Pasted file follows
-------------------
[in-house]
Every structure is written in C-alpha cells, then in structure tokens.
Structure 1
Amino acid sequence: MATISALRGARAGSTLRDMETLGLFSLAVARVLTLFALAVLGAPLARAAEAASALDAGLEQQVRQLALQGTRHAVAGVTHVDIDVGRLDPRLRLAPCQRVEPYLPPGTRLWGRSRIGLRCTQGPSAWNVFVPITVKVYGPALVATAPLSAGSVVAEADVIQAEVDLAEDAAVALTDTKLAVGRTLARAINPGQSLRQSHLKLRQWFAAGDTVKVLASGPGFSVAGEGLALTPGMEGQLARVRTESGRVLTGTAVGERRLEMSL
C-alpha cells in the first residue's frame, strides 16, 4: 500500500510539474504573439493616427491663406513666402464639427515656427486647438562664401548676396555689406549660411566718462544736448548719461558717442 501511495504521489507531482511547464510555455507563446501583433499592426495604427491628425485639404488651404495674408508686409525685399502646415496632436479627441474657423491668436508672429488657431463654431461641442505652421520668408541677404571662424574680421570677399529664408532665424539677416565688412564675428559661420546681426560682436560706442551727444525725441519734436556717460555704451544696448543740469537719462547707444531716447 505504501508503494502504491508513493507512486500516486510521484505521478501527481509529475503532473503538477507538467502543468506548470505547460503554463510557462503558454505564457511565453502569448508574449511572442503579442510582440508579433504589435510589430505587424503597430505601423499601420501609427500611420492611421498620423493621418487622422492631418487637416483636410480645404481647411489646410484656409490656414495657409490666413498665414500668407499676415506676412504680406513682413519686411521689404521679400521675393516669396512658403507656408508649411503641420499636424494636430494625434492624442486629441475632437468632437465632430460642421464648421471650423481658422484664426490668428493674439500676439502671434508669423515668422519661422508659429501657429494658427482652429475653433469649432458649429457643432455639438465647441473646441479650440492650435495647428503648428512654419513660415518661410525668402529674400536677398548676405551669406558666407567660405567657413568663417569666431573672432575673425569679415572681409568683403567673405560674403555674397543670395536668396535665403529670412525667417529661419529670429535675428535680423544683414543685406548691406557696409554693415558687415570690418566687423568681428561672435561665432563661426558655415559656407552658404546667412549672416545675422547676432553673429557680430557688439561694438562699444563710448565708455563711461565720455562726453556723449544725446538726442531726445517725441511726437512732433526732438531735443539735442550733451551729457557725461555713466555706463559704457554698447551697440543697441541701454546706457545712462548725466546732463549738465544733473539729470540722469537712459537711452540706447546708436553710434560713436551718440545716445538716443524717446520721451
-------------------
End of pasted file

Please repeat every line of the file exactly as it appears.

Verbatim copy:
[in-house]
Every structure is written in C-alpha cells, then in structure tokens.
Structure 1
Amino acid sequence: MATISALRGARAGSTLRDMETLGLFSLAVARVLTLFALAVLGAPLARAAEAASALDAGLEQQVRQLALQGTRHAVAGVTHVDIDVGRLDPRLRLAPCQRVEPYLPPGTRLWGRSRIGLRCTQGPSAWNVFVPITVKVYGPALVATAPLSAGSVVAEADVIQAEVDLAEDAAVALTDTKLAVGRTLARAINPGQSLRQSHLKLRQWFAAGDTVKVLASGPGFSVAGEGLALTPGMEGQLARVRTESGRVLTGTAVGERRLEMSL
C-alpha cells in the first residue's frame, strides 16, 4: 500500500510539474504573439493616427491663406513666402464639427515656427486647438562664401548676396555689406549660411566718462544736448548719461558717442 501511495504521489507531482511547464510555455507563446501583433499592426495604427491628425485639404488651404495674408508686409525685399502646415496632436479627441474657423491668436508672429488657431463654431461641442505652421520668408541677404571662424574680421570677399529664408532665424539677416565688412564675428559661420546681426560682436560706442551727444525725441519734436556717460555704451544696448543740469537719462547707444531716447 505504501508503494502504491508513493507512486500516486510521484505521478501527481509529475503532473503538477507538467502543468506548470505547460503554463510557462503558454505564457511565453502569448508574449511572442503579442510582440508579433504589435510589430505587424503597430505601423499601420501609427500611420492611421498620423493621418487622422492631418487637416483636410480645404481647411489646410484656409490656414495657409490666413498665414500668407499676415506676412504680406513682413519686411521689404521679400521675393516669396512658403507656408508649411503641420499636424494636430494625434492624442486629441475632437468632437465632430460642421464648421471650423481658422484664426490668428493674439500676439502671434508669423515668422519661422508659429501657429494658427482652429475653433469649432458649429457643432455639438465647441473646441479650440492650435495647428503648428512654419513660415518661410525668402529674400536677398548676405551669406558666407567660405567657413568663417569666431573672432575673425569679415572681409568683403567673405560674403555674397543670395536668396535665403529670412525667417529661419529670429535675428535680423544683414543685406548691406557696409554693415558687415570690418566687423568681428561672435561665432563661426558655415559656407552658404546667412549672416545675422547676432553673429557680430557688439561694438562699444563710448565708455563711461565720455562726453556723449544725446538726442531726445517725441511726437512732433526732438531735443539735442550733451551729457557725461555713466555706463559704457554698447551697440543697441541701454546706457545712462548725466546732463549738465544733473539729470540722469537712459537711452540706447546708436553710434560713436551718440545716445538716443524717446520721451